Summary of Changes Introduced in the 2012 Ontario Building Code

Last week, I attended an EnerQuality/BILD course on the new Ontario Building Code (OBC) that will come into effect on January 1, 2012. This blog post is a summary of what I learned.

Please note that this summary refers to low-rise builders operating in southern Ontario.

First, the majority of the changes in the new OBC aim to improve energy efficiency and water management.

Second, builders will be given 10 practical choices of packages on how to comply with the 2012 OBC. Four of these choices appear most practical, meaning they are the simplest as well as the most economical. All four require increased insulation.

So, depending on the package chosen, builders will have to ensure that:

  • the attic’s insulation increases to R50 (from R40),
  • exterior walls’ insulation goes up from R19 to either R22 or R24 (depending on the package chosen),
  • the furnace’s annual fuel utilization efficiency (AFUE) increases from 90% to 92% or 94%, again depending on the package. The heat recovery ventilator (HRV) may or may not be required, depending on the package, and…
  • the insulation of basement walls either stays at R12 or goes up to R20 (depending on the package).

Also, windows will have to be more energy efficient regardless of which package is chosen.

Builders can choose to ignore these compliance paths, provided they build to Energuide 80 (which is what the current  Energy Star stipulates. See my previous blog post).

What are your thoughts on the new OBC and the compliance paths given to builders?

20 Comments (+add yours?)

  1. Rainier Blundel
    Oct 21, 2011 @ 09:03:20

    Any significant changes to Part 7 in the works?


  2. Yvon Gonthier
    Nov 17, 2011 @ 08:51:47

    I attended the workshop in Ottawa last December but some items were left a little vague. In some locations, it identifies that one of the new code goals is to reduce thermal bridging but some of the package options like going to R22 or R24 do nothing to deal with thermal bridging. They have another workshop next Friday but I don’t know if it’s worth attending. Do thay have anything different?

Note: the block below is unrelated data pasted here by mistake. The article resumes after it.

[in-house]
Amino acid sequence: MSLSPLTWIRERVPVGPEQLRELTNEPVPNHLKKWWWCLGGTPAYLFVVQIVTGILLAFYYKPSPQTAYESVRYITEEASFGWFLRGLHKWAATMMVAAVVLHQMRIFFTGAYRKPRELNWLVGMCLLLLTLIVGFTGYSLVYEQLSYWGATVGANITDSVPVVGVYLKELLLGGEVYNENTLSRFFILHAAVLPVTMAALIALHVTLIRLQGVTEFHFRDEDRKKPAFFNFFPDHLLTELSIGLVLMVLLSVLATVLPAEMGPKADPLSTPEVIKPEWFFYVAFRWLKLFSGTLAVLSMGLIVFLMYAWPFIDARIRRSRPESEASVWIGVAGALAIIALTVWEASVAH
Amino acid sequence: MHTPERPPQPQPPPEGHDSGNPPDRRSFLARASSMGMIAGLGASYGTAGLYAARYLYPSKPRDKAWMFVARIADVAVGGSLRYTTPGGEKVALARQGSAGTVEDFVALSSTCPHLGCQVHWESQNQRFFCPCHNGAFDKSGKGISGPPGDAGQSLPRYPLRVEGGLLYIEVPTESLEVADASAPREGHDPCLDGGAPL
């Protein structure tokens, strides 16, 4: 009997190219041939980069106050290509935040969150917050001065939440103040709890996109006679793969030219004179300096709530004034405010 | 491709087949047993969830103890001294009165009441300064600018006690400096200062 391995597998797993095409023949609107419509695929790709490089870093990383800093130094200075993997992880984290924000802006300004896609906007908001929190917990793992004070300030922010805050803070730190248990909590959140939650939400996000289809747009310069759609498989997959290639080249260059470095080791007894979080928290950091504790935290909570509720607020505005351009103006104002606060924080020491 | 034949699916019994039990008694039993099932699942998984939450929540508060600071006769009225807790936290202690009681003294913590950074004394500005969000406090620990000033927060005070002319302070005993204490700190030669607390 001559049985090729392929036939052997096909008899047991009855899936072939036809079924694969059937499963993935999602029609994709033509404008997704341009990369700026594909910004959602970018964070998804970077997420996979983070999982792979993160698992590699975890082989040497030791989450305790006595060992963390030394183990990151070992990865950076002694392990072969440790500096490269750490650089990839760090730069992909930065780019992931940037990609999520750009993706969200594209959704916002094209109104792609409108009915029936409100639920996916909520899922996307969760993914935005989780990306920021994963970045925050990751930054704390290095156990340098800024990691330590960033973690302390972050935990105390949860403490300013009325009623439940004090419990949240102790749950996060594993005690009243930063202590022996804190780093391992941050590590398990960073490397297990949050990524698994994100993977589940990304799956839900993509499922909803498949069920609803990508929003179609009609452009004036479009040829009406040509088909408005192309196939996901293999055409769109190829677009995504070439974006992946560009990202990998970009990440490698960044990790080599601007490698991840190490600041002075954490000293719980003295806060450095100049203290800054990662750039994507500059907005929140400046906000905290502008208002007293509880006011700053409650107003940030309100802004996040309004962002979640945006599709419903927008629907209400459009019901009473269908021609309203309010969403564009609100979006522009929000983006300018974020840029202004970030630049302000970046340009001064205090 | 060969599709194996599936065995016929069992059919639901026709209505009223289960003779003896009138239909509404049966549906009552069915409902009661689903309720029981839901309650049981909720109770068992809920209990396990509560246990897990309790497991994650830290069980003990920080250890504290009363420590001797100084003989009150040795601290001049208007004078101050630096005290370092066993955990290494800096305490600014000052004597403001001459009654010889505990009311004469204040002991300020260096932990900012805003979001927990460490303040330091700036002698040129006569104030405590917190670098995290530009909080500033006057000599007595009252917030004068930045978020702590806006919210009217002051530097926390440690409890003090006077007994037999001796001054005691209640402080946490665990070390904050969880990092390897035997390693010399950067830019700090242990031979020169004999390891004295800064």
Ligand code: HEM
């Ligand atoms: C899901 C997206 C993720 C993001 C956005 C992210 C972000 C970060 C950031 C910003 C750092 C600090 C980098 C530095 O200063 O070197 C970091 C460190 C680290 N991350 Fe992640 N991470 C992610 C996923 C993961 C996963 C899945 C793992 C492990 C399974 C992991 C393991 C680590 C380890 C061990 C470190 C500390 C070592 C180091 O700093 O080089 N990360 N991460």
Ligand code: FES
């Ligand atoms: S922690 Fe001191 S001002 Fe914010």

• John Amardeil
      Nov 18, 2011 @ 13:53:22

      Hi Yvon,

      I recommend you go to the new seminar because many more details are now known. I don’t recall if anything was done to address thermal bridging, but 24″ framing is still possible and it has less thermal bridging.


  3. Adam
    Jan 03, 2012 @ 09:48:35

    The OBC requires a min. of RSI 0.90 (R5.11) for elements acting as a thermal bridge. A 2×6 stud has around R6.875 (wood is approx. R1.25 / inch).

    Therefore 2×6 studs are allowable and meet the thermal bridge requirements. If you want to exceed this then you can still add some rigid insulation (foam sheets) on the outside or increase the spacing as John suggested.

    There is also the option of 2×8 walls which can give you around R9.06 but this is getting costly.

    (this is all based on R1.25/inch for wood!)


  4. Cristine
    Jan 11, 2012 @ 13:18:01

    I purchased a new home from a builder. After the house was completed, I realized that my paperwork indicated that my home should be energy star certified. The builder claims they were not aware of this and has since replaced my furnace with a 95% ECM model, taped the ductwork in the basement only, and installed an HRV but no blow test has been performed yet. In your opinion, do you think it is possible for the builder to obtain an Energy Certification since no inspections were performed during construction?


    • Yvon Gonthier
      Jan 13, 2012 @ 15:52:55